This is oddly familiar territory as it recalls the nomination of Justice Clarence Thomas in 1991, who was accused by former colleague Anita Hill of inappropriate and sexually harassing comments and actions. In that case, the Senate Judiciary Committee reconvened to hear testimony from both Thomas and Hill. In the end, he was confirmed by a 52-48 vote in the Senate.

In that case as well, it was an inquiring reporter who brought the accusations to light. NPR's Nina Totenberg, now one of the public radio outlet's top journalists, aired the first story on the accusations and an interview with Hill that revealed for the first time what was alleged.

Hear her original report below:

In 2016, Totenberg recounted how the coverage affected her, noting she was facing a contempt charge when she refused to testify before the Senate committee and ended up burning her notes.

What followed was a messy battle between Thomas's supporters and Republican backers and Hill and Democrats who wanted the nomination stopped. It also included dramatic testimony that kept millions riveted to their televisions during the renewed hearings.

But perhaps as impactful was the effect it had on women's rights and the ability of victims to counter sexual harassment and other abusive acts against them, which in many ways gave the first signs of empowerment for women making the most recent claims.

Still, the claims by Ford at such a sensitive and angry time in politics will likely mean a heightened battle with critics attacking her and others wondering what to believe when the committee reconvenes on Monday. The Wall Street Journal weighed in today with an editorial that all but dismissed her claims.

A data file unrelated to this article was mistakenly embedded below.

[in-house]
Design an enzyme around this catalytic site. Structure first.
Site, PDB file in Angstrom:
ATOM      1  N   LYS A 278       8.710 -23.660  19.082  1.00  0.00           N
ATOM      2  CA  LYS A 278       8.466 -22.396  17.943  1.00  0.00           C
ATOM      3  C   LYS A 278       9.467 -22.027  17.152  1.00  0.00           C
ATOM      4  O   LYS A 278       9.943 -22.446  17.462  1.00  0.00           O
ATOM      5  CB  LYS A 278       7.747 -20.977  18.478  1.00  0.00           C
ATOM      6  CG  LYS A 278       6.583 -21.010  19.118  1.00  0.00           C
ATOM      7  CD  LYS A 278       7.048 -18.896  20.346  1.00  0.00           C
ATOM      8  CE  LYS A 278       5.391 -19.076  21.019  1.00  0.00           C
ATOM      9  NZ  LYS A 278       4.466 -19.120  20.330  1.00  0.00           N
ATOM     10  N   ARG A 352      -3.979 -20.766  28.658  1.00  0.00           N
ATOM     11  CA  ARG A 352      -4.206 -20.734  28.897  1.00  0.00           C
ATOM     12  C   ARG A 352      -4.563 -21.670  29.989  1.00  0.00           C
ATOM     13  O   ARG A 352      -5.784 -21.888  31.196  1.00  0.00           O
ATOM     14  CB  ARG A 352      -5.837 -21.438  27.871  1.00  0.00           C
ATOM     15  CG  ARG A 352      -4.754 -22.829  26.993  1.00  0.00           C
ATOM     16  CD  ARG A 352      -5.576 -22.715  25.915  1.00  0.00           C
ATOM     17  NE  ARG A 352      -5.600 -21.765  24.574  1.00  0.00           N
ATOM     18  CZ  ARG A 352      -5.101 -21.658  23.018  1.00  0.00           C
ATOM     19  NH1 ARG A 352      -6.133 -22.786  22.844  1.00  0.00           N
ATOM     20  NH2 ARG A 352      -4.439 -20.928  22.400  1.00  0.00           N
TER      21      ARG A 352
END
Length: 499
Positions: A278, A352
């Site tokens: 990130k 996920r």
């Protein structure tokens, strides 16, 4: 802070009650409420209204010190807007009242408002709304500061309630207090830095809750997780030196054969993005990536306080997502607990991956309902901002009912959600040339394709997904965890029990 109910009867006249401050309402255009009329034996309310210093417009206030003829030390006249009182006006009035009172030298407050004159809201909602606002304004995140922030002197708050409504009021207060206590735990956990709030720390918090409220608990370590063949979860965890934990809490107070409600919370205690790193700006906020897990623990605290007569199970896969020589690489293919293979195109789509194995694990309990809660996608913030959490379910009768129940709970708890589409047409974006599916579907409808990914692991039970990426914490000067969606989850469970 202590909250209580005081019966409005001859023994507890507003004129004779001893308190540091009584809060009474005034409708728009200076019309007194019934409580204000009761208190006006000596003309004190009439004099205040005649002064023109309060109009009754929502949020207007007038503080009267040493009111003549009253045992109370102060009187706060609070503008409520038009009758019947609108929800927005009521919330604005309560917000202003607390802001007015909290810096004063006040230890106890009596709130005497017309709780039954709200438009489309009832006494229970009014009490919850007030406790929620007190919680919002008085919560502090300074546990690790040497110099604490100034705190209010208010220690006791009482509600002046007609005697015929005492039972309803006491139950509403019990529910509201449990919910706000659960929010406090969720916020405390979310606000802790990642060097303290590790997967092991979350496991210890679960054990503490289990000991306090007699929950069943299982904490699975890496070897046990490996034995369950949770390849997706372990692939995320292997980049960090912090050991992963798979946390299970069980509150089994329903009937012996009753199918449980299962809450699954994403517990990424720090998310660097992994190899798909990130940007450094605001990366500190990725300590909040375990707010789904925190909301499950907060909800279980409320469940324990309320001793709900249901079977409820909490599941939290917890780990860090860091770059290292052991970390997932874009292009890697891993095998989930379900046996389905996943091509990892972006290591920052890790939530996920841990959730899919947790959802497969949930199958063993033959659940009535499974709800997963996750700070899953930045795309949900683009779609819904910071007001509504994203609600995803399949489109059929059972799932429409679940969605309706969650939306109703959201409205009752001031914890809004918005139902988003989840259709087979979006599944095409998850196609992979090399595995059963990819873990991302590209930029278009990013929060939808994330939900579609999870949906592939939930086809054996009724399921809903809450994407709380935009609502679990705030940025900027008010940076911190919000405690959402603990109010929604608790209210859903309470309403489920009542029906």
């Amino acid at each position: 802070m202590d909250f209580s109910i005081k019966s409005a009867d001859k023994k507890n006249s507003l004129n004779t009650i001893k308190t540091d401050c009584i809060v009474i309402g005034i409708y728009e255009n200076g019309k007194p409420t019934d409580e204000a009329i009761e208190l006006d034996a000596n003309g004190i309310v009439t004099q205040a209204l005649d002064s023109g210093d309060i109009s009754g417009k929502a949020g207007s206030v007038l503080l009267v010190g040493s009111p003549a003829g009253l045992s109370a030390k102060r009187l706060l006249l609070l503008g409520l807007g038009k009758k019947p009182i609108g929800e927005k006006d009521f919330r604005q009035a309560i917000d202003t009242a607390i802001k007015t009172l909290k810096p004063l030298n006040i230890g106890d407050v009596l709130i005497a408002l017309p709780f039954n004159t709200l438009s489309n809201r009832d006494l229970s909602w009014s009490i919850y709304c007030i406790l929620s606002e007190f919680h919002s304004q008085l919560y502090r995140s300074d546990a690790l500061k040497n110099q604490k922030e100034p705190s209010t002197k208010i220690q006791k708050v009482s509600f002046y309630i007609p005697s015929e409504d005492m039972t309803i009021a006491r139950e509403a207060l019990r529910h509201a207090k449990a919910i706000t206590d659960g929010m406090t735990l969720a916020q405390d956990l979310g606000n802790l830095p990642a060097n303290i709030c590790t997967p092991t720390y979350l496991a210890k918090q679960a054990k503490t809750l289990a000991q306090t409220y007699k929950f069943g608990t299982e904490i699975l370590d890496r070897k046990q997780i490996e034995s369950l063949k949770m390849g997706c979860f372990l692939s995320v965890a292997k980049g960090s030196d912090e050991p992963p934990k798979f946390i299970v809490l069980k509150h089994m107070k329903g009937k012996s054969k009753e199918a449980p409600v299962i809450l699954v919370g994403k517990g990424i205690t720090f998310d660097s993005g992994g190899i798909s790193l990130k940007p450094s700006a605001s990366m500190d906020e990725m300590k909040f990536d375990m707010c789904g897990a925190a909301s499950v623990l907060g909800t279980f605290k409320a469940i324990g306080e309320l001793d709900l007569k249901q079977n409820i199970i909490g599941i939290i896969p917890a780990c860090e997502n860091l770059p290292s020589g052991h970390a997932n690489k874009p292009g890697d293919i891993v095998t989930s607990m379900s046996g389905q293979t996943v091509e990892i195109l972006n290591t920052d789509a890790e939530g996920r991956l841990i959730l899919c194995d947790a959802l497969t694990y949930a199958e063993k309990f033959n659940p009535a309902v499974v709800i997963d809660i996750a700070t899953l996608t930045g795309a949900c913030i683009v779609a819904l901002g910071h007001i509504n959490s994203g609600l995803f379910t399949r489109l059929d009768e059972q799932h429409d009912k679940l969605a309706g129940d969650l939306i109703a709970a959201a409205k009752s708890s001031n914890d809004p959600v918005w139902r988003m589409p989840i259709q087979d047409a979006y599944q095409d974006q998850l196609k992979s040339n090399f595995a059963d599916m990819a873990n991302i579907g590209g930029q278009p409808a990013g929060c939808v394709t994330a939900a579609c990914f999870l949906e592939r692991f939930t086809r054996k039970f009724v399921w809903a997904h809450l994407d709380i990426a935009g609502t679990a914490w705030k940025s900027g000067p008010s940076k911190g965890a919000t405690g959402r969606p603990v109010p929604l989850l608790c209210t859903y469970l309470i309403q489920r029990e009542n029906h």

"This is simply too distant and uncorroborated a story to warrant a new hearing or to delay a vote," the Journal editorial page stated. "We’ve heard from all three principals, and there are no other witnesses to call. Democrats will use Monday’s hearing as a political spectacle to coax Mr. Kavanaugh into looking defensive or angry, and to portray Republicans as anti-women. Odds are it will be a circus."

Yes, a three-ring battle. 

But in all of these cases, and perhaps more to come, it is reporters who are bringing the issue to light. They have been the ones following the leads and convincing the victims to come forward so that justice can hopefully be done. In the case of Ford, she wrote letters to at least two members of congress last summer with concerns about Kavanaugh. She wanted to remain anonymous, and did until word of her letters leaked.

She had also reached out to the Post in July with her allegations, but declined to go public until this week, the newspaper reported in its story, stating:

She contacted The Post through a tip line in early July, when it had become clear that Kavanaugh was on the shortlist of possible nominees to replace retiring justice Anthony M. Kennedy but before Trump announced his name publicly. A registered Democrat who has made small contributions to political organizations, she contacted her congresswoman, Democrat Anna G. Eshoo, around the same time. In late July, she sent a letter via Eshoo’s office to Sen. Dianne Feinstein of California, the ranking Democrat on the Judiciary Committee.

In the letter, which was read to The Post, Ford described the incident and said she expected her story to be kept confidential. She signed the letter as Christine Blasey, the name she uses professionally.